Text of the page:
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  22.  13
    B. G. Gazzard (1992). AIDS a Moral Issue -- Ethical, Legal and Social Aspects. Journal of Medical Ethics 18 (1):51-52.
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  23.  11
    Carson Strong (1999). Ethical and Legal Aspects of Sperm Retrieval After Death or Persistent Vegetative State. Journal of Law, Medicine & Ethics 27 (4):347-358.
  24. Carson Strong (1999). Ethical and Legal Aspects of Sperm Retrieval After Death or Persistent Vegetative State. Journal of Law, Medicine and Ethics 27 (4):347-358.
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  25. Rafael Alvira & Carmelo Vigna (eds.) (2012). Life and the Sacred. Olms.
     
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  26. Enrique Bonete Perales (2007). Repensar El Fin de la Vida: Sentido Ético Del Morir. Ediciones Internacionales Universitarias.
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  27. Mario Coltorti (ed.) (2004). Medicina Ed Etica di Fine Vita: Atti Del Convegno, Napoli, 22-24 Aprile 2004. Giannini.
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  28. Sheldon Ekland-Olson (2011). Who Lives, Who Dies, Who Decides?: Abortion, Neonatal Care, Assisted Dying, Capital Punishment. Routledge.
  29. Yoshihiko Komatsu (2012). Seikenryoku No Rekishi: Nōshi, Songenshi, Ningen No Songen o Megutte. Seidosha.
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  30. Arnoldo Kraus (2011). Cuando la Muerte Se Aproxima. Almadía.
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  31. Meihui Lin (2010). Zhuzi Xue Yu Si Wang Lun Li Xian Xiang Xue. Fu Wen Tu Shu You Xian Gong Si.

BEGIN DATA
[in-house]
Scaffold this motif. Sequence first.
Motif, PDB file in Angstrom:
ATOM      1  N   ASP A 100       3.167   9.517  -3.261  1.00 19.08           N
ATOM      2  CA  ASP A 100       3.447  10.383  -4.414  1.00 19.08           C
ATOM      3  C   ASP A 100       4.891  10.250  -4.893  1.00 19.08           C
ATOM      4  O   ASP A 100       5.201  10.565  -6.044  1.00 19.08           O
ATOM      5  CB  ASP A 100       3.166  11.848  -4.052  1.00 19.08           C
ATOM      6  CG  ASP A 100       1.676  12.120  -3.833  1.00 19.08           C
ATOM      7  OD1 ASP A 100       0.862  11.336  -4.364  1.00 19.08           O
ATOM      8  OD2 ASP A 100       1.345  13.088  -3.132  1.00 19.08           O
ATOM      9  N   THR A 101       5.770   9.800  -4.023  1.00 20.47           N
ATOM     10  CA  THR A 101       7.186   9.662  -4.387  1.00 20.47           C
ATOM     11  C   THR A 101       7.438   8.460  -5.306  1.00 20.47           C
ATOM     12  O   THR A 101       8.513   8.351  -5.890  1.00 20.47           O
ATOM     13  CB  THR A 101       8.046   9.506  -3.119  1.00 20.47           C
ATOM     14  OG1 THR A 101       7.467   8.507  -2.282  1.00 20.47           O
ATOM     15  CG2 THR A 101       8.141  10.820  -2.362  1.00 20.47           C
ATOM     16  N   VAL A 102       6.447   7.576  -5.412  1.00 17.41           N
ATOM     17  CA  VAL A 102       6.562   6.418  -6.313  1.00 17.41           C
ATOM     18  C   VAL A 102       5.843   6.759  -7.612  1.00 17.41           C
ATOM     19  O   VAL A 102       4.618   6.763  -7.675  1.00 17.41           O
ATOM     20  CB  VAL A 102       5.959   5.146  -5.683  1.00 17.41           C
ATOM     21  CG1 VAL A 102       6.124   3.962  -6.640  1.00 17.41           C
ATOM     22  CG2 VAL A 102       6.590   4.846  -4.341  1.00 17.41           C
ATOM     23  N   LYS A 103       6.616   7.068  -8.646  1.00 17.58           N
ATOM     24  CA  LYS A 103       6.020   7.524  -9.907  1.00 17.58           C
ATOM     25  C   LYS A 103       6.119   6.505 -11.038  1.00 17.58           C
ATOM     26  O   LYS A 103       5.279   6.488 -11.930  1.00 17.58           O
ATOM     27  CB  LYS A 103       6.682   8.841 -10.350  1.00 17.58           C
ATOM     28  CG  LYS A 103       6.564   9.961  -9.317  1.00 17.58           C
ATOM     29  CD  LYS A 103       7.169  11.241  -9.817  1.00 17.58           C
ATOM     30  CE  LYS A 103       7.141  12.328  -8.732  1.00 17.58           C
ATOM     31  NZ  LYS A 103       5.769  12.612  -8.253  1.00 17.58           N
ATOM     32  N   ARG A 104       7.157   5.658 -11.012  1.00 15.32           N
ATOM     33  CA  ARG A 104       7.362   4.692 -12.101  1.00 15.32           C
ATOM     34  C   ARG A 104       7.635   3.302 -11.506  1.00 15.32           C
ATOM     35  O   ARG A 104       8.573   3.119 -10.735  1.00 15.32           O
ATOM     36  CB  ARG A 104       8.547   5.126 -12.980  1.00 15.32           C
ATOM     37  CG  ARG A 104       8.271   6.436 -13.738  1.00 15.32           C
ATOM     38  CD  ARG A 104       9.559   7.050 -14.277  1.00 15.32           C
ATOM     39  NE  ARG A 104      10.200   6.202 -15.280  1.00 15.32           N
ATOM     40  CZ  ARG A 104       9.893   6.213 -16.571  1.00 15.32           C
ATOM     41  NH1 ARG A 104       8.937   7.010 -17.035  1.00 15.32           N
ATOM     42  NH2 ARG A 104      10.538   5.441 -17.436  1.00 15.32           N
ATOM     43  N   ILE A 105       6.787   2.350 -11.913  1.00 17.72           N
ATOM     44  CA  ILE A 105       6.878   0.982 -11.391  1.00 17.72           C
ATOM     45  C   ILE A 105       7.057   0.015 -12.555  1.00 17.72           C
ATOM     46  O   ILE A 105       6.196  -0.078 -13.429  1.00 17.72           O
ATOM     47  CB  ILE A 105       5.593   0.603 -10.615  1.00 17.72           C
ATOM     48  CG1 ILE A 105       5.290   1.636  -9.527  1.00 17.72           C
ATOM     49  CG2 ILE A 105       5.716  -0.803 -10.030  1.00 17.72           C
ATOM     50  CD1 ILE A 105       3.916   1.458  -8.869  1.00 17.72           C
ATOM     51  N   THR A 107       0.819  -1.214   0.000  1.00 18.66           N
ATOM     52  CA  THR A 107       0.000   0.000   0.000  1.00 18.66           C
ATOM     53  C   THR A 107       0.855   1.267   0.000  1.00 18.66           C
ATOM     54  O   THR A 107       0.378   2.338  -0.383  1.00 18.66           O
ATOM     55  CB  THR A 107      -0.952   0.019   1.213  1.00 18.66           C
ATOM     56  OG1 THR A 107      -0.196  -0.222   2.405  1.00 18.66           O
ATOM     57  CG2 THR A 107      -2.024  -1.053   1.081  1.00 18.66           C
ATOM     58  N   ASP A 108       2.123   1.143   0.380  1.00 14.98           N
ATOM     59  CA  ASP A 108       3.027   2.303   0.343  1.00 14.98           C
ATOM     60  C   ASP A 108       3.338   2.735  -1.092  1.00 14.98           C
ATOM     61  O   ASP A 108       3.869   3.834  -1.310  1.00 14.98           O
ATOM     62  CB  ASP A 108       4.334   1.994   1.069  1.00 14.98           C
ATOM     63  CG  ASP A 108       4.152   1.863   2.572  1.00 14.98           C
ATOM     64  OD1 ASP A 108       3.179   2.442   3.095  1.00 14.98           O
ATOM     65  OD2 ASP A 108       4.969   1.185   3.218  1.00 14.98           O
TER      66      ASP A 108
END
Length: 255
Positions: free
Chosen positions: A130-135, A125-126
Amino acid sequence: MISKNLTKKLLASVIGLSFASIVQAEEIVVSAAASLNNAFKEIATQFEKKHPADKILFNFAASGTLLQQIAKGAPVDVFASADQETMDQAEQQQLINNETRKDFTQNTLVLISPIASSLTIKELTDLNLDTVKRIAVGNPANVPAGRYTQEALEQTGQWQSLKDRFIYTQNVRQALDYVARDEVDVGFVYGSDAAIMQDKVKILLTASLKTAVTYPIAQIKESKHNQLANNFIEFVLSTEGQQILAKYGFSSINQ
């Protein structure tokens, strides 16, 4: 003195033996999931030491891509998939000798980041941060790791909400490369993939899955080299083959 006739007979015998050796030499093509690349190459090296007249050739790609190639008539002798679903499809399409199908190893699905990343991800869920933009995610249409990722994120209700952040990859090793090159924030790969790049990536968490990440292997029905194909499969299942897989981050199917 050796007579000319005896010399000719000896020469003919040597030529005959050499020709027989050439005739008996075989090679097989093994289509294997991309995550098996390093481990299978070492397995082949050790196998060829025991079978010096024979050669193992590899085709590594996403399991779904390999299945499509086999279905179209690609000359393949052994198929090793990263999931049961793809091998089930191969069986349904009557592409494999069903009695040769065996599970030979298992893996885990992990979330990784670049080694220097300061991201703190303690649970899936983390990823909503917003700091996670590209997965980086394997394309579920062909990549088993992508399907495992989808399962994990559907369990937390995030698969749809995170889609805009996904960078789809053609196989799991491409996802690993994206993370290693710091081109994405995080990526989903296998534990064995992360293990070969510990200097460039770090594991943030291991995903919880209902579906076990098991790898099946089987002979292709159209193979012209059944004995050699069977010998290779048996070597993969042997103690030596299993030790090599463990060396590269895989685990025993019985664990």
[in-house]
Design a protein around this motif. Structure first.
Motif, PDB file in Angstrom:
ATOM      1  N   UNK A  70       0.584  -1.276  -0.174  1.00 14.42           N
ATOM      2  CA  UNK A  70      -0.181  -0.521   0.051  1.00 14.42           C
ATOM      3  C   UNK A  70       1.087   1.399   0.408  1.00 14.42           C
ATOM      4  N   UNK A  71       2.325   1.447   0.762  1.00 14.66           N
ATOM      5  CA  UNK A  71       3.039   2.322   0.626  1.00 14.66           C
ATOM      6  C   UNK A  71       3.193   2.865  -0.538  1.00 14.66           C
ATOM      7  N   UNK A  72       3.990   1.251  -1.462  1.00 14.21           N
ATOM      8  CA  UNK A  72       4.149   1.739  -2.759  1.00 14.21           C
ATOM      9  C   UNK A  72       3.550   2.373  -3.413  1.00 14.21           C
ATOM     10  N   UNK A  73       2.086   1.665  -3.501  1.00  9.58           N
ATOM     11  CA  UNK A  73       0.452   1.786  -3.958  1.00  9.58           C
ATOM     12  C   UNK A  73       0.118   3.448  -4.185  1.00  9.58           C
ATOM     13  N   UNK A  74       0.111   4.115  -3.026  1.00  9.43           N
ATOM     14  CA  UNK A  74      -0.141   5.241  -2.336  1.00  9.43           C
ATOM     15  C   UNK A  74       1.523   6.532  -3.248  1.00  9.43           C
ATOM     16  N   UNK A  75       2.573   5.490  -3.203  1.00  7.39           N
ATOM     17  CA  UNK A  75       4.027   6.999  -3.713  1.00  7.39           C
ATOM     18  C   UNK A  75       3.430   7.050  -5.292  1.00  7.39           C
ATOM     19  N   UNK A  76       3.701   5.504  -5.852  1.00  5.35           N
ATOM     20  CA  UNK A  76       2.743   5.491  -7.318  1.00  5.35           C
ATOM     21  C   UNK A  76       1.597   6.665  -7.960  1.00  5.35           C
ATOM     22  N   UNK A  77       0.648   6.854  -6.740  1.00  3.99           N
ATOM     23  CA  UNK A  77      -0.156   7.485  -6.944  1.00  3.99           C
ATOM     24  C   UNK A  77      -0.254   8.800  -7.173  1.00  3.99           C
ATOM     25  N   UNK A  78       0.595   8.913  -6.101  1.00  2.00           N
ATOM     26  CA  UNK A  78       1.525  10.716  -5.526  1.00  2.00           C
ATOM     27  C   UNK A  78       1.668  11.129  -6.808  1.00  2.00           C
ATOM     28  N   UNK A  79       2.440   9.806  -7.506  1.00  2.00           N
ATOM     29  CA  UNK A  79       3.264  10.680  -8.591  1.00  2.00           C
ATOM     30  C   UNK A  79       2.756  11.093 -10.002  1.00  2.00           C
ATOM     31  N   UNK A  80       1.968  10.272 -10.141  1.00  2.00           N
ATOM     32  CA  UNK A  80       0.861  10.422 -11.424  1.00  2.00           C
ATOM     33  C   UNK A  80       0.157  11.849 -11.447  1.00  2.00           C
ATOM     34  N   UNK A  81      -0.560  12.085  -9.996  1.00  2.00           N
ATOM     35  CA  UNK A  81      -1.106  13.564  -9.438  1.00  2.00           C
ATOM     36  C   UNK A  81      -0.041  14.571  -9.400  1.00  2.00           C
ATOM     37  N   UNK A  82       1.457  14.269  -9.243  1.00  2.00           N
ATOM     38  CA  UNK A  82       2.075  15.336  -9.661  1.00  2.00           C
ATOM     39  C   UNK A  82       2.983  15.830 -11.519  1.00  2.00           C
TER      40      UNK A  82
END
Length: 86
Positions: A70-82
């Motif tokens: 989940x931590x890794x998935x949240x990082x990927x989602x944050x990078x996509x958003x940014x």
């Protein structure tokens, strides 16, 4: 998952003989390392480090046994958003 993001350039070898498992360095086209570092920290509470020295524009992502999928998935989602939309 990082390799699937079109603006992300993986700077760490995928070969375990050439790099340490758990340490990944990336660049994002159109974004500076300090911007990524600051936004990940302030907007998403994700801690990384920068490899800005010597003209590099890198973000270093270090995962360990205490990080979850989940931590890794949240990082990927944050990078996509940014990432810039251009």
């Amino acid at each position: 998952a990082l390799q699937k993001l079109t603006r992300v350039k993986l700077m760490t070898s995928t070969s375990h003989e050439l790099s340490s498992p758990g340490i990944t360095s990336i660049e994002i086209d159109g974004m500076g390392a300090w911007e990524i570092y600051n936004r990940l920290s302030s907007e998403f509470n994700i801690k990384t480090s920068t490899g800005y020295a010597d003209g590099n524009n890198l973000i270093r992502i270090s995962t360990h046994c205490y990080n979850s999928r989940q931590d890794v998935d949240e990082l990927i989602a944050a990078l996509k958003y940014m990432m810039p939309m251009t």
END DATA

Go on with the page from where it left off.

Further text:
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  32. Joan McCarthy (ed.) (2011). End-of-Life Care: Ethics and Law. Cork University Press.
     
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  33. Carmen Requejo Conde (2008). Protección Penal de la Vida Humana: Especial Consideración de la Eutanasia Neonatal. Editorial Comares.
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  34. Daniel Schäfer, Andreas Frewer & Christof Muller-Büsch (eds.) (2012). Perspektiven Zum Sterben: Auf Dem Weg Zu Einer Ars Moriendi Nova? Franz Steiner.
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  35. Ping Wang (2005). Si Wang Yu Yi Xue Lun Li. Wuhan da Xue Chu Ban She.
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  36. Sang-mok Yi (ed.) (2005). Hanʼgugin Ŭi Chugŭmgwan Kwa Saengmyŏng Yulli. Pʻyŏnaen Kot Sejong Chʻulpʻansa.
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  37. Ezekiel J. Emanuel (ed.) (2003). Ethical and Regulatory Aspects of Clinical Research: Readings and Commentary. Johns Hopkins University Press.